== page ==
• Service Directories: A directory of service providers could be created in the same way, enabling anyone to list their offerings and share data on availability, prices and customer feedback in a decentralised manner.

Systems and relationships mapping 

  • Systems mapping: Murmurations data can be compiled and fed into systems mapping tools, such as Kumu, to present rich mixes of data and allow users to explore the relationships between the data in a visual form. Imagine if The Austin Social Innovation Ecosystem Map had created a Murmurations schema to gather data, instead of a closed source form and a centralised data store – it wouldn’t say “Note: This map is no longer being updated” at the top of the map – because anyone could contribute by adding more data to the map and everyone else would benefit too, because data added to the Austin Social Innovation map would be available to other aggregators too, and the current map could be automatically updated as new nodes are added, without the need for an administrator to make manual updates.
  • Relationship mapping: Murmurations also makes it possible for a data point to specify relationships to other data. These relationships are expressed using semantic triples in the form of subject→predicate→object, e.g., ‘Bob is 33’, or ‘Bob is friends with Alice’. Triples can be combined in a myriad of ways to express simple and complex relationships between nodes. The triples (relationship data) within Murmurations can be utilised in graph databases and leverage the visualisation tools which work with graph databases to create detailed relationship maps in the spirit of the semantic web.

Local, or sector specific, news sites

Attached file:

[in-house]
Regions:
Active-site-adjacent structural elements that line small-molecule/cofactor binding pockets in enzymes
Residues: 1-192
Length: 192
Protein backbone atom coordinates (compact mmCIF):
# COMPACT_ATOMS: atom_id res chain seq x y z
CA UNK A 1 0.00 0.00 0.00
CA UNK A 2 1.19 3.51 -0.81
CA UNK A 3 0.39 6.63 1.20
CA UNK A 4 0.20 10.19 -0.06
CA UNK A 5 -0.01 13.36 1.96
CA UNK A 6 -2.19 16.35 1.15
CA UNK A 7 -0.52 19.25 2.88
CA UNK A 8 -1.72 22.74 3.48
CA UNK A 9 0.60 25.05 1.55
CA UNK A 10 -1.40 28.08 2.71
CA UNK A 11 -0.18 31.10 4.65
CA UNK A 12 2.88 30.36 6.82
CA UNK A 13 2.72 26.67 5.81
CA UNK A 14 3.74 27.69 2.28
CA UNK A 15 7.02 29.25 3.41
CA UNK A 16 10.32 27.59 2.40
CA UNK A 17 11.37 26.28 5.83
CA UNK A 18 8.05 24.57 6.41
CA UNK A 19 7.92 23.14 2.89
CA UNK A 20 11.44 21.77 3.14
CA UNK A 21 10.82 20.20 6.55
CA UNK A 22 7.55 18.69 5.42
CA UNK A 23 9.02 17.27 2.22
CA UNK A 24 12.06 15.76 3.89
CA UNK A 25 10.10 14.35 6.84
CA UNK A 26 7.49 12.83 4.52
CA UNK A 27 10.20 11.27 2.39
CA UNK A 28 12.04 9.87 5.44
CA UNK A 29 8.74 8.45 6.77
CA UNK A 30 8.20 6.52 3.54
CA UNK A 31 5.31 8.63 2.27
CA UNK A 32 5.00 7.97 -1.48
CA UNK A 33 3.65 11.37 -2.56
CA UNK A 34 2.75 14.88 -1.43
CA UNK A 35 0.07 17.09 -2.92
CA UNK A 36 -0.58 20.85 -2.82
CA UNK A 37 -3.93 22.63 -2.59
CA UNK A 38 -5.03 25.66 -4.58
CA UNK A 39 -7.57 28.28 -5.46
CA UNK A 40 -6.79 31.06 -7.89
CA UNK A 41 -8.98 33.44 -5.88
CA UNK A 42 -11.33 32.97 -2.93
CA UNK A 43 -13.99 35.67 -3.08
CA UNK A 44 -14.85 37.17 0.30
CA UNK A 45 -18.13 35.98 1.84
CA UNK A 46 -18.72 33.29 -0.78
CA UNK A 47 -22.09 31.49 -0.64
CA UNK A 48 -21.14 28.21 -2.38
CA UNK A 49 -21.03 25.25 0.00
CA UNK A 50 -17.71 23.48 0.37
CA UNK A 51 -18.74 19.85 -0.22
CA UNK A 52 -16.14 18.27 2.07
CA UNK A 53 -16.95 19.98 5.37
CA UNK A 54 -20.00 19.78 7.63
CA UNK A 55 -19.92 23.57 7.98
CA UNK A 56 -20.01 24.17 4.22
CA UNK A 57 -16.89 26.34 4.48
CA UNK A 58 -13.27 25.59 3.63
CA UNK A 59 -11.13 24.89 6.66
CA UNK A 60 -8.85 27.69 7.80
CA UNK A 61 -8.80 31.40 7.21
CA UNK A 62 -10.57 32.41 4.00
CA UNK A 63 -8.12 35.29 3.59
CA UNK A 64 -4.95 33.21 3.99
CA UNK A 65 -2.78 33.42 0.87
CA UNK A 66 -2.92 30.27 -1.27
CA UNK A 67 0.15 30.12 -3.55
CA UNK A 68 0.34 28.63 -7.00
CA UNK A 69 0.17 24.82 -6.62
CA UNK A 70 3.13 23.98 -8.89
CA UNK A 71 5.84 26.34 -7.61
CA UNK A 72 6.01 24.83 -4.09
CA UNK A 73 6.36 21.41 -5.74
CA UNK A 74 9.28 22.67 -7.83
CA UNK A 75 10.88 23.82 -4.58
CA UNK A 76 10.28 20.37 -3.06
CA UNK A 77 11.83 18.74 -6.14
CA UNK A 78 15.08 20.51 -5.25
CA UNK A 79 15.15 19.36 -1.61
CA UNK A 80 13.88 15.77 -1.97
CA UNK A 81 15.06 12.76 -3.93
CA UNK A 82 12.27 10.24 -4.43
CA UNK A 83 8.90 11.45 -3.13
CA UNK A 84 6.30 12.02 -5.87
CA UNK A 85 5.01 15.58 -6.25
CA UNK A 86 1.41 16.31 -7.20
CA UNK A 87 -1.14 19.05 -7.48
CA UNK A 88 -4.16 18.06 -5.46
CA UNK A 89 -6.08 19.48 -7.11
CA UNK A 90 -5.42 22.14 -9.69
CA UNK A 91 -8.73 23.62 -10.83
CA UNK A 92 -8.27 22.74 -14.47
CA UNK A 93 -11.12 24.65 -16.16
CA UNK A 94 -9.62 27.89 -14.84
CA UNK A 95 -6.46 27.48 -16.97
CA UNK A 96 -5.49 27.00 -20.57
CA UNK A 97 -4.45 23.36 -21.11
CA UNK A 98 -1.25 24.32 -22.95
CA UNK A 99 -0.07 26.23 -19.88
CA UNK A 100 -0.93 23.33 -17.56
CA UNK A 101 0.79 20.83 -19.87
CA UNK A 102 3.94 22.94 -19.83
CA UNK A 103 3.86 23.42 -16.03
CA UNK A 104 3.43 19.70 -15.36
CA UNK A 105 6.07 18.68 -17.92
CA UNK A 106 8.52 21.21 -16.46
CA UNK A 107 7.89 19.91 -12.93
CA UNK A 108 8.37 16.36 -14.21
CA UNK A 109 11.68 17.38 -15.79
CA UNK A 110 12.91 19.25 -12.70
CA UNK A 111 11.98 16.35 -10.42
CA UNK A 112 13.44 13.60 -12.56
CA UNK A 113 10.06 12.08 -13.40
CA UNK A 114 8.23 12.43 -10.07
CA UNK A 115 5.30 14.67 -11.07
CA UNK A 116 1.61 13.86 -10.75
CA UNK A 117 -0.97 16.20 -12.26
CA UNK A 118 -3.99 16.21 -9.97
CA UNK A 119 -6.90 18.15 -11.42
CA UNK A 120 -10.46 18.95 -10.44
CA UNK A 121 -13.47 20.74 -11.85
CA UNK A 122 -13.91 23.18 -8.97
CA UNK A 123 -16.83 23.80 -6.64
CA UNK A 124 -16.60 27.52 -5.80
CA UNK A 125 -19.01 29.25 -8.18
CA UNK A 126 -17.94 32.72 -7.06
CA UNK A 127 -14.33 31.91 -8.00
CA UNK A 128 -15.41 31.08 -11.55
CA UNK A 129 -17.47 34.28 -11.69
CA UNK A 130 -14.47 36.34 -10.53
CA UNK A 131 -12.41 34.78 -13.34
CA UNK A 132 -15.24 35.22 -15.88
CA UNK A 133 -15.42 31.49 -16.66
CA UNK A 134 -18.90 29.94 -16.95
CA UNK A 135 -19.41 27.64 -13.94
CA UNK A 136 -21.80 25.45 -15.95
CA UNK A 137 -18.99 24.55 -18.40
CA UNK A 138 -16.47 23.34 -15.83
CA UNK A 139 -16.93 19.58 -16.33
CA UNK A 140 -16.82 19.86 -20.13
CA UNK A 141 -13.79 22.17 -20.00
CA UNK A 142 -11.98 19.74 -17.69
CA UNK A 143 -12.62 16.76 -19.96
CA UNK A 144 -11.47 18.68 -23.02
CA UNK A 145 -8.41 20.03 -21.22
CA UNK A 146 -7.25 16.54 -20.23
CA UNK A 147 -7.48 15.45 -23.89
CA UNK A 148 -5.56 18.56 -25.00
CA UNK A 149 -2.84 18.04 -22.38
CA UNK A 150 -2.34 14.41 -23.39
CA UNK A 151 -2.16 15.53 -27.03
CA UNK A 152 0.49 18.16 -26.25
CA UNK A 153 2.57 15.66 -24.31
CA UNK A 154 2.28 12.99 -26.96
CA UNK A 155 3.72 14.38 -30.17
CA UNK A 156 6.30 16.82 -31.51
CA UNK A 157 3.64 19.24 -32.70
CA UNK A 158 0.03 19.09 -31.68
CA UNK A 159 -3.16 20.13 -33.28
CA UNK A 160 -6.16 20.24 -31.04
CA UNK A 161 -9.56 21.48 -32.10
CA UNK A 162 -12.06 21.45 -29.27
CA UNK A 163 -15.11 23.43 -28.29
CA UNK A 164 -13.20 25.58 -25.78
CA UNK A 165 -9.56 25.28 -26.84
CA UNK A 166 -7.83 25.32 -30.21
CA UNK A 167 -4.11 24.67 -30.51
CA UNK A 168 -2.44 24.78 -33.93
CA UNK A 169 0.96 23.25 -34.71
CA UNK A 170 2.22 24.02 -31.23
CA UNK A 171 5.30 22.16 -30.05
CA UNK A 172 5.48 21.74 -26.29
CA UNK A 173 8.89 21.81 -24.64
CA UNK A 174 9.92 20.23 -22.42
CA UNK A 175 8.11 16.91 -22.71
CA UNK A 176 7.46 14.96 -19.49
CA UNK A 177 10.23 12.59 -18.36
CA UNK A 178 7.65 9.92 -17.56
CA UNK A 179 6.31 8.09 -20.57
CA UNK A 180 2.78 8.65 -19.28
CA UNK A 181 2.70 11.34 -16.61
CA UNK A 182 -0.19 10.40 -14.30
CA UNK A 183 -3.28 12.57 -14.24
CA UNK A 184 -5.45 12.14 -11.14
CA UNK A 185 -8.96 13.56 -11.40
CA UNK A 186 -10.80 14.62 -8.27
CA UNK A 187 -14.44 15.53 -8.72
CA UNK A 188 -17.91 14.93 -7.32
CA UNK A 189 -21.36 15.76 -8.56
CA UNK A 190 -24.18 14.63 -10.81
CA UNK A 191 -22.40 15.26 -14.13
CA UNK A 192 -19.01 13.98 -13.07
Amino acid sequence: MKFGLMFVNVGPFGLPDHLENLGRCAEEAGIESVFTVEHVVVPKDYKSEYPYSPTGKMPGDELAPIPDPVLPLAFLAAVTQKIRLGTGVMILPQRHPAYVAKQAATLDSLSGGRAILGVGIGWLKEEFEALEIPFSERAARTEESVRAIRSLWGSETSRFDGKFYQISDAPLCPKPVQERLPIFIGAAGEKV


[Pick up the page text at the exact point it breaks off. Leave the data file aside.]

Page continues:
• News Sites: Murmurations profiles can include links to RSS feeds – making them very useful for building regional, or sector specific news sites by aggregating blog posts from a specific region, or on a certain topic. The Murmurations WordPress Aggregator only needs a little more development to enable it to pull in RSS feeds and convert the individual feed items into WordPress posts, which include the tags the original publisher assigned. This would enable aggregators to provide sector, or regionally specific news, which could be filtered for one or more tags. For example, a network organisation, like the Global Ecovillage Network could use the Murmurations WordPress Aggregator to set up an automatically updated news site showing news from all of their members, which viewers could filter by country, region, or tags – for example, to show the latest news or information from all eco villages which are working on (have tagged their posts with) “solar PV” and/or “biodiversity”, providing a rich source of highly focused news.

Skills and needs matching

  • Collaboration often requires matching skills with needs, which can be easily delivered in a decentralised manner. The Open Projects Hub is a concept for a market-place of open development projects which anyone can contribute to, sponsor or even invest in, to help accelerate progress towards a collaborative, regenerative economy. Organisations and other teams looking to promote their Projects, attract collaborators and solicit funding would complete a Project profile so that the Projects could be listed (on one or more sites – by anyone who wanted to set up an Open Projects Hub aggregator site), searched and discovered. This would provide a useful reference point for anyone thinking of starting a new project by revealing similar projects, overlaps and, ideally reducing ‘wheel reinvention’. People that were interested in discovering and contributing to Projects could also ‘join’ the Open Projects Hub, by creating an ‘Individual’ Profile, or adding additional info to their existing Profile. With details of both Projects and People an Open Projects Hub aggregator could be set up to list, or map, both entities, allowing others to browse and filter these to discover and connect with potential collaborators, and, with just a little bit of matching (as per the Offers and Wants matching we built for The Open Credit Network) the site could also notify People about Projects which need their skills, and vice versa. From here it would only be a small step to incorporate bounties, to enable users to crowdfund specific tasks, or whole Projects which they want to see developed, creating a rich, democratic, transparent network of open collaboration.

Hopefully these examples of how the Murmurations protocol could be used help explain the collaborative potential of the protocol? Let us know if you have questions, comments or other ideas!


This post is an update to a previous blog post with the same title from July 2022.